In The Chill, a distraught young man hires Archer to track down his runaway bride. But no sooner has he found Dolly Kincaid than Archer finds himself entangled in two murders, one twenty years old, the other so recent that the blood is still wet. ...
What ensues is a detective novel of nerve-racking suspense, desperately believable characters, and one of the most intricate plots span by an American crime writer.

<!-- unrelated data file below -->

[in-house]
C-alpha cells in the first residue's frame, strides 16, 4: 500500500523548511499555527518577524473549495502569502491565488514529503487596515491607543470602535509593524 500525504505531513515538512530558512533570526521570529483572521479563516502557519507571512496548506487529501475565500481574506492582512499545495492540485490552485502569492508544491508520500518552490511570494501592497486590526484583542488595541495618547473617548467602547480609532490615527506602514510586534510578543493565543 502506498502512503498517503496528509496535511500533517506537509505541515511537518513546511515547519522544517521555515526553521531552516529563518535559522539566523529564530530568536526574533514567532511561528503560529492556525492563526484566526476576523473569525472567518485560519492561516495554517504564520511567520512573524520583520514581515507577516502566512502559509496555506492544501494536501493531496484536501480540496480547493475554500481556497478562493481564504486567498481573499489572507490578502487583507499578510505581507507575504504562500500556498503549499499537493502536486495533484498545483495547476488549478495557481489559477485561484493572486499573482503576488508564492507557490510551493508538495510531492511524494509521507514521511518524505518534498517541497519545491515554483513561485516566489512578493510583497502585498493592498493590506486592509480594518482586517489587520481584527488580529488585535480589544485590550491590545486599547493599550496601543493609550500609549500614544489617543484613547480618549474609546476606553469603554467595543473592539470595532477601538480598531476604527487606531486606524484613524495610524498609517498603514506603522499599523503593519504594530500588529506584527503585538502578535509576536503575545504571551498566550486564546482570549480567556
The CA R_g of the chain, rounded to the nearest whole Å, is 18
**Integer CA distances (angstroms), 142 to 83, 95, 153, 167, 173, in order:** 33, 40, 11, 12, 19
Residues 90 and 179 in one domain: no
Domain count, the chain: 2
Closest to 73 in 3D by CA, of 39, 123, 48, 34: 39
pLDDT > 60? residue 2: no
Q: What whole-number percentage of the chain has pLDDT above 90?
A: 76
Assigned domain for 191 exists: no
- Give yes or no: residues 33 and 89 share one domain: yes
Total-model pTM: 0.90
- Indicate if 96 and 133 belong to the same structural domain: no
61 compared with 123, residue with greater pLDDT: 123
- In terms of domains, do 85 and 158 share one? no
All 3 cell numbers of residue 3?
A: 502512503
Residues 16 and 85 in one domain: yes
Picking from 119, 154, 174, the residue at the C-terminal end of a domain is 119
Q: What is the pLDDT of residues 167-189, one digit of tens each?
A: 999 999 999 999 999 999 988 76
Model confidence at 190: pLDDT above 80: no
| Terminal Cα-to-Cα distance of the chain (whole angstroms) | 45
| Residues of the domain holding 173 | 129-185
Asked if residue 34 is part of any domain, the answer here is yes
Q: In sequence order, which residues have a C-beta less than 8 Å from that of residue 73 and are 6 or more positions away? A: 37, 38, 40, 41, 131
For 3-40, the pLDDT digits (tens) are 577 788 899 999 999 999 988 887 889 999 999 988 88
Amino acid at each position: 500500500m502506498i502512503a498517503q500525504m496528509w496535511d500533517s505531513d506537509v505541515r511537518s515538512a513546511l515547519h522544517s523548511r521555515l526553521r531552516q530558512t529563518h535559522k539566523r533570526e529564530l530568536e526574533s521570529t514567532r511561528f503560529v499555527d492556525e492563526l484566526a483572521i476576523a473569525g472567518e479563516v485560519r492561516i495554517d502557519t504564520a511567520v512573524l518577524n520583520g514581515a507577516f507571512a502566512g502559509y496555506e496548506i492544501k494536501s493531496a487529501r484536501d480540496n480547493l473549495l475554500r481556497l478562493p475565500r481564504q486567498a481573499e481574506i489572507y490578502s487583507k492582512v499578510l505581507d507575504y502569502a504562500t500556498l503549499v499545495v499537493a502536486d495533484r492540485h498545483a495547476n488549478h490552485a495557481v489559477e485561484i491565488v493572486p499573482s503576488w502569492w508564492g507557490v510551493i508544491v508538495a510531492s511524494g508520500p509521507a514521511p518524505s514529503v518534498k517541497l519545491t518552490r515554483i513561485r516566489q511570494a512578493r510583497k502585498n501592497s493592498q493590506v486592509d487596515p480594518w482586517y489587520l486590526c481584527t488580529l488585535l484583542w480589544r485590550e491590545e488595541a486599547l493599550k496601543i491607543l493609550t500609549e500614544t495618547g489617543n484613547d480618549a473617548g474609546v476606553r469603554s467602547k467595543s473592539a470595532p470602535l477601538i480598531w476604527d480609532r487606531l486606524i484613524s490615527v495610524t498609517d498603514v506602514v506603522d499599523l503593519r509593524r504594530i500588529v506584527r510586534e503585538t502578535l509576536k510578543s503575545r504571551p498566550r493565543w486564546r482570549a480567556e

If any writer can be said to have inherited the mantle of Dashiell Hammett and Raymond Chandler, it was Ross Macdonald. Between the late 1940s and his death in 1983, he gave the American crime novel a psychological depth and moral complexity that his predecessors had only hinted at. And in the character of Lew Archer, MacDonald redefined the private eye as a roving conscience who walks the treacherous frontier between criminal guilt and human sin.